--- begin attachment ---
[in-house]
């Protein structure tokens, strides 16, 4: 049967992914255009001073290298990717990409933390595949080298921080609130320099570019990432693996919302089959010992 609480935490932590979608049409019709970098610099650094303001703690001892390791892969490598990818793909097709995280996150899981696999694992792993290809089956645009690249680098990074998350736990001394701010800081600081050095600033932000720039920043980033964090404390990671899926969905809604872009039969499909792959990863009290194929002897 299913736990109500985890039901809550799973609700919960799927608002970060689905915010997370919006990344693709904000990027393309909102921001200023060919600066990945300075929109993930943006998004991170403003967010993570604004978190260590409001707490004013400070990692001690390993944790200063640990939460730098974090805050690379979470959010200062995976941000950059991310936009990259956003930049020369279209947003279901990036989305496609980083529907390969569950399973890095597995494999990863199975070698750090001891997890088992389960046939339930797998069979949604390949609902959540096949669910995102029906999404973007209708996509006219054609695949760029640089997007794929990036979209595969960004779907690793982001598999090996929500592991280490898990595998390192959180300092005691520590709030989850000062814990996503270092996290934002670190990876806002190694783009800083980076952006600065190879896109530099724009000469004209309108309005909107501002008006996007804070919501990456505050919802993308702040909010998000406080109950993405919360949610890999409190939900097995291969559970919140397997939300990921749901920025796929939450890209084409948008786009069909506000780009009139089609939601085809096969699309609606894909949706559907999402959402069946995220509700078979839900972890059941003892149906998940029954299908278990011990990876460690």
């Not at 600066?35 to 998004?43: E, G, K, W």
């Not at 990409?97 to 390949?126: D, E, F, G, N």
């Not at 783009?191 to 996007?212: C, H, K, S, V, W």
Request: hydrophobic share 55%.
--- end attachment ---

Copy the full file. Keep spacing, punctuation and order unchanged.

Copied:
[in-house]
């Protein structure tokens, strides 16, 4: 049967992914255009001073290298990717990409933390595949080298921080609130320099570019990432693996919302089959010992 609480935490932590979608049409019709970098610099650094303001703690001892390791892969490598990818793909097709995280996150899981696999694992792993290809089956645009690249680098990074998350736990001394701010800081600081050095600033932000720039920043980033964090404390990671899926969905809604872009039969499909792959990863009290194929002897 299913736990109500985890039901809550799973609700919960799927608002970060689905915010997370919006990344693709904000990027393309909102921001200023060919600066990945300075929109993930943006998004991170403003967010993570604004978190260590409001707490004013400070990692001690390993944790200063640990939460730098974090805050690379979470959010200062995976941000950059991310936009990259956003930049020369279209947003279901990036989305496609980083529907390969569950399973890095597995494999990863199975070698750090001891997890088992389960046939339930797998069979949604390949609902959540096949669910995102029906999404973007209708996509006219054609695949760029640089997007794929990036979209595969960004779907690793982001598999090996929500592991280490898990595998390192959180300092005691520590709030989850000062814990996503270092996290934002670190990876806002190694783009800083980076952006600065190879896109530099724009000469004209309108309005909107501002008006996007804070919501990456505050919802993308702040909010998000406080109950993405919360949610890999409190939900097995291969559970919140397997939300990921749901920025796929939450890209084409948008786009069909506000780009009139089609939601085809096969699309609606894909949706559907999402959402069946995220509700078979839900972890059941003892149906998940029954299908278990011990990876460690």
């Not at 600066?35 to 998004?43: E, G, K, W």
């Not at 990409?97 to 390949?126: D, E, F, G, N």
């Not at 783009?191 to 996007?212: C, H, K, S, V, W």
Request: hydrophobic share 55%.